Central European conductor Adam Fischer's cycle of Mozart symphonies with the Danish National Chamber Orchestra has been well worth following with its mixture of breakneck tempos and, in spite of that, extreme precision and detail. As the role of percussion grew in Mozart's symphonies, Fischer began to emphasize it more and more, and annotator Claus Johansen attempts to portray the big percussion sound in this concluding volume as a kind of Mozart for those who have heard "Stravinsky, Hendrix, and Michael Jackson." It's not really all that extreme, but in the one place where Fischer really does go for the blood and guts, in the Minuet of the Symphony No. 40 in G minor, K. 550, he perhaps pushes things a bit too far: the Trio seems to inhabit a different world from the Minuet, in a way that's not idiomatic to Mozart's style. In the opening movement of the G minor symphony and the finale of the Symphony No. 41 in C major, K. 551, Fischer combines whirlwind speed with the fantastic chiseling of detail that has been the hallmark of the entire series. The slow movements are, as usual, taken at quite a rapid clip but do not come off as perfunctory. The entire set has been a pleasure for its originality and accomplishment, and if listeners are less than perfectly comfortable with some parts of the interpretation here, it may nevertheless be that Fischer has offered readings that will continue to reveal themselves over time. Denmark Radio's studio sound is superb.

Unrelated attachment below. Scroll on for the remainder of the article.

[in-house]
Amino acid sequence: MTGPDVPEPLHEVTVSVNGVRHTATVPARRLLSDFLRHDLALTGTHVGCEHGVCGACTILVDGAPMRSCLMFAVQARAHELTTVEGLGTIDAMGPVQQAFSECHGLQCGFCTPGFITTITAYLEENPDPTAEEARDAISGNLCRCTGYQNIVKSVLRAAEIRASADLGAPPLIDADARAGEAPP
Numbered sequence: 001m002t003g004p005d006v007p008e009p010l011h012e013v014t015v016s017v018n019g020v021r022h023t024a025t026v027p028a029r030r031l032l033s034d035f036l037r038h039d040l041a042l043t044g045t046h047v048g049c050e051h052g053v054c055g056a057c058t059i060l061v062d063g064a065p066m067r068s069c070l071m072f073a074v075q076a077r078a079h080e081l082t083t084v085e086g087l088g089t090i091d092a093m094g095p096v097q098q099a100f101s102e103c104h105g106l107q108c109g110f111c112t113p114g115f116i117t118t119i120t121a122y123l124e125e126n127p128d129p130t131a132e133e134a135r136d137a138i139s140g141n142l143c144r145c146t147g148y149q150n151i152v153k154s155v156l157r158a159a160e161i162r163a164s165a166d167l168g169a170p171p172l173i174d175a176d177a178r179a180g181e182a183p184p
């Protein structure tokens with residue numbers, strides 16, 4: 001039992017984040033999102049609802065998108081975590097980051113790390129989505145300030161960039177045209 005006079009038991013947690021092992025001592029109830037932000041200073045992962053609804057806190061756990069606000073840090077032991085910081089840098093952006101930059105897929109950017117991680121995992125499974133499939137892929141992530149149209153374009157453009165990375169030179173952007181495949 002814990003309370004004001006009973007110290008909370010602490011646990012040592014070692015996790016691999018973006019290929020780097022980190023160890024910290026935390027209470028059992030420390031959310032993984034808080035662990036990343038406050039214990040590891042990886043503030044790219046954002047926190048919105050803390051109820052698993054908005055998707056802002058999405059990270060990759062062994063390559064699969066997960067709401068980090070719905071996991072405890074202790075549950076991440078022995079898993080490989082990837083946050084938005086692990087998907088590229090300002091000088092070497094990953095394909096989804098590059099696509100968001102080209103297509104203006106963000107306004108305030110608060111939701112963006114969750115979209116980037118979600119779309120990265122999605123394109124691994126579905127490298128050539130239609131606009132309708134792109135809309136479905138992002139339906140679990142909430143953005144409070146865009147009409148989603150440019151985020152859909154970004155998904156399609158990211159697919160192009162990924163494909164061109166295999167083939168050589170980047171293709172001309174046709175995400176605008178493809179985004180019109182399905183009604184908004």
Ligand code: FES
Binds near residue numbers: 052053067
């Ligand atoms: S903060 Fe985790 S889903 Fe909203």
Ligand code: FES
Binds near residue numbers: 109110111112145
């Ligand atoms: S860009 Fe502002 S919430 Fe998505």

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AllMusic Review by James Manheim
|Symphony in G minor, No. 40, KV 550|
|Symphony in C major, No. 41, KV 551 "Jupiter"|